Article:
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Stories from the Inside: Incarceration in the time of COVID-19

07 June 2021 Published in Criminal Justice

Stories from the Inside: Incarceration in the time of COVID-19.

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Last year, the COVID-19 pandemic created the unique challenge for the ACLU of Utah to understand the extent and damage caused by virus outbreaks in Utah’s jails and prisons. As a result, we have had to rely on letters from incarcerated individuals inside jails and prisons to tell us and others what is really happening.

 


The letters published tell the story of Utahns who are too often forgotten. These “Stories from the Inside” are the voices of the people while held by the state. We need to hear their stories.

While pandemic created health and financial insecurity for hundreds of thousands of Utahns, it’s impact has been particularly devastating for incarcerated Utahns and those recently released from jail on community supervision. About 18,000 Utahns are on community supervision through probation or parole. Although not housed in prison or jail, these Utahns are still under the control of the corrections system, and the pandemic has made following the conditions of their release even more difficult to follow. Making a simple mistake like missing a probation appointment or a common struggle like not getting a job can cause someone on community supervision to return to jail. As recently as 2017, almost 80% of people entering Utah prisons were being send back because of a technical violation of their probation or parole.

This letter is from Camy, who is currently incarcerated in Timpanogos Women’s Facility at the Utah State Prison (Draper). Life changed for Camy when the pandemic hit last year, making her life much harder both in and out of prison. Her story shows the relationship between poverty, homelessness, mental illness, and the criminal legal system, and the need to provide support for people who are struggling rather than punishing them with incarceration. Read her story below:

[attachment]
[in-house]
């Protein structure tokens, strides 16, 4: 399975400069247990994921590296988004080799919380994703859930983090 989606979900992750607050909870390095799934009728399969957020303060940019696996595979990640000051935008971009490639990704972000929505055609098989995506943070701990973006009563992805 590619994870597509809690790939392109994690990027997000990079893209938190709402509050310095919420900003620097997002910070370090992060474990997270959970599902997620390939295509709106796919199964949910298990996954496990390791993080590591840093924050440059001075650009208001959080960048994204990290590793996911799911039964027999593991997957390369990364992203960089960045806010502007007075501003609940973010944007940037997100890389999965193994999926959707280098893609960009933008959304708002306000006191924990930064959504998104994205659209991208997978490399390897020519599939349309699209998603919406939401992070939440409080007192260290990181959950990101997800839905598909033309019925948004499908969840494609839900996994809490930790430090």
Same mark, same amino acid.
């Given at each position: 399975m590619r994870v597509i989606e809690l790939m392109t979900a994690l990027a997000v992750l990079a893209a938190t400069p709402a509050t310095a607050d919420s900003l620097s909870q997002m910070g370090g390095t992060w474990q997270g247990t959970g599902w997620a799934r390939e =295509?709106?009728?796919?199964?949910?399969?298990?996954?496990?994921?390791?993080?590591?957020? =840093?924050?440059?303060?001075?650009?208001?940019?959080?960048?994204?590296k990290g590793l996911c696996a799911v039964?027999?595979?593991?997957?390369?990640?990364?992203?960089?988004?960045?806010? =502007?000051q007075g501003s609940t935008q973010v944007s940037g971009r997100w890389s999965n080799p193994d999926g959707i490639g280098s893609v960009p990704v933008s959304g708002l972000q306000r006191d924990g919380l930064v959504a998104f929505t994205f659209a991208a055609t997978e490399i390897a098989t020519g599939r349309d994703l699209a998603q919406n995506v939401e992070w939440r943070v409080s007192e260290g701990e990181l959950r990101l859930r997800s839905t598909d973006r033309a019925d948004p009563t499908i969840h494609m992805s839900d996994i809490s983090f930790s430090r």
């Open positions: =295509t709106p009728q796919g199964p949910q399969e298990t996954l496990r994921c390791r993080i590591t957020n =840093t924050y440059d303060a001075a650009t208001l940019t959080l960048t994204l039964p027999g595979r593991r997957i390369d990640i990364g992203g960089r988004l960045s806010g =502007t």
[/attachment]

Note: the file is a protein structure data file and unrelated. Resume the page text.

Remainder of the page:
"I speak on behalf of my brothers and sisters here at U.D.C. (Utah Department Corrections). I speak with honor and truth: that I am a current incarcerated individual and a witness to what is happening inside these walls.

I came to prison on a [handwriting unclear, possibly DUI] and am here on a parole violation for absconding. The truth to the word “absconding” is that I lost my job, couldn’t afford to pay for my rent due to COVID which led me to sleeping in my car and shortly, a relapse. I have to admit, I never felt so low as a mother or as a woman. Even though, my honesty with BP&P (Board of Pardons and Parole) wasn’t enough. I had no home, I was using, sleeping in my car in the winter’s freezing cold weather. Every night, I prayed that someone would see me and give a helping hand. For my pride wouldn’t let me as because I felt so ashamed and embarrassed. I also suffer with a mental illness.

I feel strongly that what is happening here at Utah Draper Corrections is in fact “inhumane” Long story short, we are asking for the public’s help; for a movement for parole violators to be heard and set free #LetUsGo…

We feel strongly that inside these walls is in fact infested with virus! 28 people in my Star 1 (Prison Housing Building) tested positive yesterday (2.12.21). Star 2 is infested I believe. Star 3 Maximum Security is full and there will be nowhere left to quarantine. I fear that some will die and that all of us will at some point catch this virus. Who knows who will survive this outbreak! To the families of the loved ones incarcerated, we love you and we ask that you pray for us as each day goes on we suffer. This feels like a “death sentence.” I know that it’s enough to scare me straight, I testify that if I, Camy, make it out alive; I will use this experience as a haunting memory and reminder that I will never come back here. Every night I hear my sisters weep and cry missing their young and loved ones saddens my heart. I too miss my own and pray every night that the Board of Pardons finds it with in their hearts to “let Parole Violators Go.”

To: My brothers and sisters incarcerated everywhere who suffer in this Pandemic. My heart is with you, and so is my voice! Let’s stand together in unison and pray the Board of Pardons hears our cries from the inside to let us Parole Violators Free.

#LetUsGO!"


Download Original Letter (PDF)
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